Steep slopes are any area where the slope of the land is greater than 12%. Areas having steep slopes can be categorized into three categories 0-12%, slight, 13%-19%, moderate and 20% and greater, severe limitations. Development on slopes 0-12% should consider the effect of direct runoff to receiving waters or wetlands and may need to follow state approved construction site erosion controls. Land with slopes 13%-19% should also consider the effect of direct runoff to receiving waters or wetlands, follow state approved construction site erosion controls, and institute best management practices to control on site runoff and pollution. Land with slopes of 20% or greater represents a significant threat of severe erosion, which results in negative impacts to surface and ground waters as well as higher construction costs. Development on slopes 20% or greater should be highly discouraged or strongly regulated.

 

Woodlands

Woodlands, for the purpose of this plan, are woodlots 10 acres or greater in size which is the minimum acreage required to be enrolled in the State’s Managed Forest Program.

 

Water Quality Management

Every county in the State of Wisconsin is required to have a Land and Water Resource Management Plan which identifies its resource concerns and strategies for addressing and correcting the problems. The Town’s Comprehensive Plans will be consolidated into Dunn County’s Land and Water Resource Management Plan.  The county plan will provide an educational strategy, a voluntary program to achieve compliance with applicable state and county standards, and a regulatory approach should the first two approaches fail.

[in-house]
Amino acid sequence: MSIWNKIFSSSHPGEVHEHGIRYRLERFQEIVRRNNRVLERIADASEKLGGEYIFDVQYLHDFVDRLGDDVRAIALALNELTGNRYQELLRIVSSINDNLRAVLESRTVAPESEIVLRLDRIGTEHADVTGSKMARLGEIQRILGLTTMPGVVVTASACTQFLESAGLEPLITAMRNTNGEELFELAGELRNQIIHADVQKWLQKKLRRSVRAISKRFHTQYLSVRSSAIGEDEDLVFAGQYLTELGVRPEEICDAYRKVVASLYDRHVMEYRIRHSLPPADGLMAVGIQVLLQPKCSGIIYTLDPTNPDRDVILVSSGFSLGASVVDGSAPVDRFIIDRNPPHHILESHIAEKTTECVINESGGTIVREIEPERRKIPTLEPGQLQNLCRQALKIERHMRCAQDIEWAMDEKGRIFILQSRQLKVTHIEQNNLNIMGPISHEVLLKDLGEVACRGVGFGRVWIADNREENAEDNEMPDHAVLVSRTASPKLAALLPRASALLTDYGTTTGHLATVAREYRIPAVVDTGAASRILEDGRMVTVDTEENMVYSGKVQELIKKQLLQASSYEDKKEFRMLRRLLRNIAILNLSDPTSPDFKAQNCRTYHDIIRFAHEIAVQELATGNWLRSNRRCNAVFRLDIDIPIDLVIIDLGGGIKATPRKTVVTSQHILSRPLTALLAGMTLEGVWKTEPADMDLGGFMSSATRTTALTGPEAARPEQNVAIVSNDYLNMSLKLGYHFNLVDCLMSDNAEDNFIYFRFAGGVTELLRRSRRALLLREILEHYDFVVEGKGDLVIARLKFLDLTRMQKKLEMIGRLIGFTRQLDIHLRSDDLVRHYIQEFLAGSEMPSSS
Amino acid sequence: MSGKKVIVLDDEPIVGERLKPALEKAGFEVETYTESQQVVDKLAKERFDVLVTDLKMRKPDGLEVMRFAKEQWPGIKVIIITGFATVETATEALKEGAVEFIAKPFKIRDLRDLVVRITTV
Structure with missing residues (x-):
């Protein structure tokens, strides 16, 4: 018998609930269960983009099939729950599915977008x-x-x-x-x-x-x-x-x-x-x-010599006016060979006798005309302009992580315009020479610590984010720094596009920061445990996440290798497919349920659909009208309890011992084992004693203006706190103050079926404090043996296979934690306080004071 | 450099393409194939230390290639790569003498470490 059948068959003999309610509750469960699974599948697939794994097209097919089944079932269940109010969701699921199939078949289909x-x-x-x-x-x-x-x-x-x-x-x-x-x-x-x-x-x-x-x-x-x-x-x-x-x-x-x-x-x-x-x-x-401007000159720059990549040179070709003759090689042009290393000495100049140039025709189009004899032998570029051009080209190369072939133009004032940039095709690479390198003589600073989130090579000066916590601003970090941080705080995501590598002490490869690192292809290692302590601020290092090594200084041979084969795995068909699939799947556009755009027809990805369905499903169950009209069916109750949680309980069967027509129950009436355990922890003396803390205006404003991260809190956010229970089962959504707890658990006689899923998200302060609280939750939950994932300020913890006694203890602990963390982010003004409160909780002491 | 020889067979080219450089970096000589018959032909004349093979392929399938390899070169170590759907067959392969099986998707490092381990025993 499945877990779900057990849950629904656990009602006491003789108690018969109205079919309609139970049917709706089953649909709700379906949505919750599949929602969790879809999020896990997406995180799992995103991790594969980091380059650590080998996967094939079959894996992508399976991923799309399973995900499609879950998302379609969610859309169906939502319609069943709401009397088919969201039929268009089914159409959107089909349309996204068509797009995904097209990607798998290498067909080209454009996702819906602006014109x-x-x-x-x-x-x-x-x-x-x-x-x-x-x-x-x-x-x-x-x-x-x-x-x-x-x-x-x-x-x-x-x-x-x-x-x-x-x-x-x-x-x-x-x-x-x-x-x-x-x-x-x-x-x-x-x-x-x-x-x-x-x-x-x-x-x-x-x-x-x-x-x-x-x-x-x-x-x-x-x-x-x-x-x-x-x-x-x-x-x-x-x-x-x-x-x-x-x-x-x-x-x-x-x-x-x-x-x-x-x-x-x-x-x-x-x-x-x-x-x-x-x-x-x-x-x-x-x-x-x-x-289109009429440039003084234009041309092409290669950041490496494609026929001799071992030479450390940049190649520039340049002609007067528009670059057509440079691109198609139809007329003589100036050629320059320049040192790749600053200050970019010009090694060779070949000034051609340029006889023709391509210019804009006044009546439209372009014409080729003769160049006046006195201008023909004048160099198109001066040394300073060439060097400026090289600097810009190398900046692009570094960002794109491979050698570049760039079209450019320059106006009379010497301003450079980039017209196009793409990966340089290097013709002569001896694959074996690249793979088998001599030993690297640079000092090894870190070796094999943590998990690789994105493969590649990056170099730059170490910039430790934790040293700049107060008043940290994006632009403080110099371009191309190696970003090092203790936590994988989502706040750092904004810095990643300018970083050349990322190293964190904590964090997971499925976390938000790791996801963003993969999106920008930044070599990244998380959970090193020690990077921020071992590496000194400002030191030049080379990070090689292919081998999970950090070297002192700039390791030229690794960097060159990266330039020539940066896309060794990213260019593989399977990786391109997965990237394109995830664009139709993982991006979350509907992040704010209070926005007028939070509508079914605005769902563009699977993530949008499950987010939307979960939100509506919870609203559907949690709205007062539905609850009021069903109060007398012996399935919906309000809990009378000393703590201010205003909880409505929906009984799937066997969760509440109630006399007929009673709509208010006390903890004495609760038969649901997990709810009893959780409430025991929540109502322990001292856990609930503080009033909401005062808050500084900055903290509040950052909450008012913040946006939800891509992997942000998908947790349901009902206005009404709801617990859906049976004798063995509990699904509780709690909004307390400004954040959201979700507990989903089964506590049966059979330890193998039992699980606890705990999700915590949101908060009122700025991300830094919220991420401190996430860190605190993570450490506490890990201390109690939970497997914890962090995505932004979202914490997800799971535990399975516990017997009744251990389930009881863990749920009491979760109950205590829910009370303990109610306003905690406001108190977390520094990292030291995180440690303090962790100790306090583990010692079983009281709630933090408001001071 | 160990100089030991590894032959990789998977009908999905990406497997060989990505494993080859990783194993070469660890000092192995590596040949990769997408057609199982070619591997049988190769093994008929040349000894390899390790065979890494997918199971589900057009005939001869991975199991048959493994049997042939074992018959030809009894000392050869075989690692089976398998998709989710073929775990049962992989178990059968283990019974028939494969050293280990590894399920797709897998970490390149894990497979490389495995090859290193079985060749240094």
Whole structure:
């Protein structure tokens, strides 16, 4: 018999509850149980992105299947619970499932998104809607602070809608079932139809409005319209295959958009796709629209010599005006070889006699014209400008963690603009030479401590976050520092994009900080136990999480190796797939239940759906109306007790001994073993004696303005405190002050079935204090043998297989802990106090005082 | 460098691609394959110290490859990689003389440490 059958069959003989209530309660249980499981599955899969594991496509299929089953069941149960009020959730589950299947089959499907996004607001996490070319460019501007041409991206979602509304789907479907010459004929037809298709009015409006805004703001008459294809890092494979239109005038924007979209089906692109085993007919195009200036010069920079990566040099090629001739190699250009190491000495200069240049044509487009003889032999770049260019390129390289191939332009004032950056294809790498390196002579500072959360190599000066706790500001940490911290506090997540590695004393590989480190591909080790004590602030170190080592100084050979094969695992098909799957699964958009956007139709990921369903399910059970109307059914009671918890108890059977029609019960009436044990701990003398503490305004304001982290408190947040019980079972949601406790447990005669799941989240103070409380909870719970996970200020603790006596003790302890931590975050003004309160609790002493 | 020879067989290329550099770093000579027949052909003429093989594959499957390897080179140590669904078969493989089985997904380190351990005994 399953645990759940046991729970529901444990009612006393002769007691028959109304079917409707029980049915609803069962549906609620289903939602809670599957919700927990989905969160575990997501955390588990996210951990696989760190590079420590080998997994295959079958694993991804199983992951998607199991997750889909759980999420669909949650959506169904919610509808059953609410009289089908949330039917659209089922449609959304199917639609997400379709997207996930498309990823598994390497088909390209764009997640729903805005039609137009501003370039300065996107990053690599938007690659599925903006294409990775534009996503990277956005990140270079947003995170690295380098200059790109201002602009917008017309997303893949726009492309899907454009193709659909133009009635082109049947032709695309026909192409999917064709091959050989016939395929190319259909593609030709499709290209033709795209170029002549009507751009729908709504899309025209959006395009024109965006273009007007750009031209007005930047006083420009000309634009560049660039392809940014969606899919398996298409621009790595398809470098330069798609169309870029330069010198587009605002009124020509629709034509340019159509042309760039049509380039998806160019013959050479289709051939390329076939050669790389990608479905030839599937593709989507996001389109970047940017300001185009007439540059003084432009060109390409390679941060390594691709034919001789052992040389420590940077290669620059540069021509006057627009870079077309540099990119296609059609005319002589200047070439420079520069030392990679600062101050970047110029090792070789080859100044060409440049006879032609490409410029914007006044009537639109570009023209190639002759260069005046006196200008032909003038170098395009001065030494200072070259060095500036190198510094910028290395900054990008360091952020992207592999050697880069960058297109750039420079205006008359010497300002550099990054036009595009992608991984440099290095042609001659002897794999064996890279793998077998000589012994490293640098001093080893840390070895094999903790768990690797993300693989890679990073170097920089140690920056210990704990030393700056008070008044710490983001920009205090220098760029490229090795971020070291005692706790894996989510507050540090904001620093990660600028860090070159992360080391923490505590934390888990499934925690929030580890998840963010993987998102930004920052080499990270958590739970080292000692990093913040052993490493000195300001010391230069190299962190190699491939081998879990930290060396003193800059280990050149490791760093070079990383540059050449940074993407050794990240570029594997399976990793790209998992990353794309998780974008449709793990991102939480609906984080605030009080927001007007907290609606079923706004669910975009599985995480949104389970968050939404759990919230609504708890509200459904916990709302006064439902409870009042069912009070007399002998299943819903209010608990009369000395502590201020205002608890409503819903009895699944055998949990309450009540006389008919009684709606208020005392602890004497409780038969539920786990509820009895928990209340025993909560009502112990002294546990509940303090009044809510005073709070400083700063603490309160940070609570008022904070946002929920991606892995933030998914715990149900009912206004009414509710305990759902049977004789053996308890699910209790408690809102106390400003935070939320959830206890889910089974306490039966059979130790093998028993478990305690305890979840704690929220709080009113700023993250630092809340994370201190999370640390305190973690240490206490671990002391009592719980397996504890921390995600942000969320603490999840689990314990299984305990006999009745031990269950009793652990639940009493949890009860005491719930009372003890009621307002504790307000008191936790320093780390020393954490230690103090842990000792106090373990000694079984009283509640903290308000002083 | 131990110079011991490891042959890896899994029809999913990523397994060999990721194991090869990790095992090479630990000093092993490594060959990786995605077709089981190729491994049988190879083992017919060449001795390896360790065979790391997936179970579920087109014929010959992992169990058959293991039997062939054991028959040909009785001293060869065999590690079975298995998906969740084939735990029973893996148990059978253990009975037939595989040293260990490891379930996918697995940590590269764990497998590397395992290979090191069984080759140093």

Existing Land Use

The primary purpose of the Existing Land Use map is to accurately inventory the Town’s present land use situation. This process utilized photo interpretation, field surveys, and local review. The end result of this inventory process was the existing land use map. The inventory results confirm that the Town is a rural community with a large agricultural base and a healthy variety of natural areas and, according to the goals and objectives, hopes to be maintained as such.

To more accurately represent current land use patterns, eleven categories were developed. These categories are not assessment or taxation classifications nor are they zoning districts. For the purpose of this plan the following definitions were used;